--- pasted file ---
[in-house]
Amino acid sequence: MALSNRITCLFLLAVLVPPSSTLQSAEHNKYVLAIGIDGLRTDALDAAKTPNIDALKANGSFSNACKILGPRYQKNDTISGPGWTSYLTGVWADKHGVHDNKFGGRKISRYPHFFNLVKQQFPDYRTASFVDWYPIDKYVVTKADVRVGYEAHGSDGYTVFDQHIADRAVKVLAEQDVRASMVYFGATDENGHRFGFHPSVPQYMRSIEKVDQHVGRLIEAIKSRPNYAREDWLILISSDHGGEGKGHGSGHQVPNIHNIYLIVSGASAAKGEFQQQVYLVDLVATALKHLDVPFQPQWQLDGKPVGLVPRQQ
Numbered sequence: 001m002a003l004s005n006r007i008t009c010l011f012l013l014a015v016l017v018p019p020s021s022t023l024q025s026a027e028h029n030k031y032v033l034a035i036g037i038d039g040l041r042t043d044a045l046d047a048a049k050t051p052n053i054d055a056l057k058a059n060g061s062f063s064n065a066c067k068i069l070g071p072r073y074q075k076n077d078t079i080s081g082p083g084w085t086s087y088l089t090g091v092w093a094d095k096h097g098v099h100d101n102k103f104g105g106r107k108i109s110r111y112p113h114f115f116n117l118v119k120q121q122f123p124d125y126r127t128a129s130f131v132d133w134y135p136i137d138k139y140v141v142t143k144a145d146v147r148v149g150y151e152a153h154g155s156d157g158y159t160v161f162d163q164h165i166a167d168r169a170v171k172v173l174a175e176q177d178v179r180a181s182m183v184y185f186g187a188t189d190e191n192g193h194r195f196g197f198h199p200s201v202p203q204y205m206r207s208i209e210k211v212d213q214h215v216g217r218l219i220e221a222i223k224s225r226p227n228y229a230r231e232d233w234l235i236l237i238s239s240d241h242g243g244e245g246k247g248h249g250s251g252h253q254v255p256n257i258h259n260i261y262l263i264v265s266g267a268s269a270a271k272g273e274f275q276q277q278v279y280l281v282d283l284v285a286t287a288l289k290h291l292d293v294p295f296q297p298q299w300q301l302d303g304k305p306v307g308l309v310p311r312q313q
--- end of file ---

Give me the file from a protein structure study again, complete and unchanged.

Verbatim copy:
[in-house]
Amino acid sequence: MALSNRITCLFLLAVLVPPSSTLQSAEHNKYVLAIGIDGLRTDALDAAKTPNIDALKANGSFSNACKILGPRYQKNDTISGPGWTSYLTGVWADKHGVHDNKFGGRKISRYPHFFNLVKQQFPDYRTASFVDWYPIDKYVVTKADVRVGYEAHGSDGYTVFDQHIADRAVKVLAEQDVRASMVYFGATDENGHRFGFHPSVPQYMRSIEKVDQHVGRLIEAIKSRPNYAREDWLILISSDHGGEGKGHGSGHQVPNIHNIYLIVSGASAAKGEFQQQVYLVDLVATALKHLDVPFQPQWQLDGKPVGLVPRQQ
Numbered sequence: 001m002a003l004s005n006r007i008t009c010l011f012l013l014a015v016l017v018p019p020s021s022t023l024q025s026a027e028h029n030k031y032v033l034a035i036g037i038d039g040l041r042t043d044a045l046d047a048a049k050t051p052n053i054d055a056l057k058a059n060g061s062f063s064n065a066c067k068i069l070g071p072r073y074q075k076n077d078t079i080s081g082p083g084w085t086s087y088l089t090g091v092w093a094d095k096h097g098v099h100d101n102k103f104g105g106r107k108i109s110r111y112p113h114f115f116n117l118v119k120q121q122f123p124d125y126r127t128a129s130f131v132d133w134y135p136i137d138k139y140v141v142t143k144a145d146v147r148v149g150y151e152a153h154g155s156d157g158y159t160v161f162d163q164h165i166a167d168r169a170v171k172v173l174a175e176q177d178v179r180a181s182m183v184y185f186g187a188t189d190e191n192g193h194r195f196g197f198h199p200s201v202p203q204y205m206r207s208i209e210k211v212d213q214h215v216g217r218l219i220e221a222i223k224s225r226p227n228y229a230r231e232d233w234l235i236l237i238s239s240d241h242g243g244e245g246k247g248h249g250s251g252h253q254v255p256n257i258h259n260i261y262l263i264v265s266g267a268s269a270a271k272g273e274f275q276q277q278v279y280l281v282d283l284v285a286t287a288l289k290h291l292d293v294p295f296q297p298q299w300q301l302d303g304k305p306v307g308l309v310p311r312q313q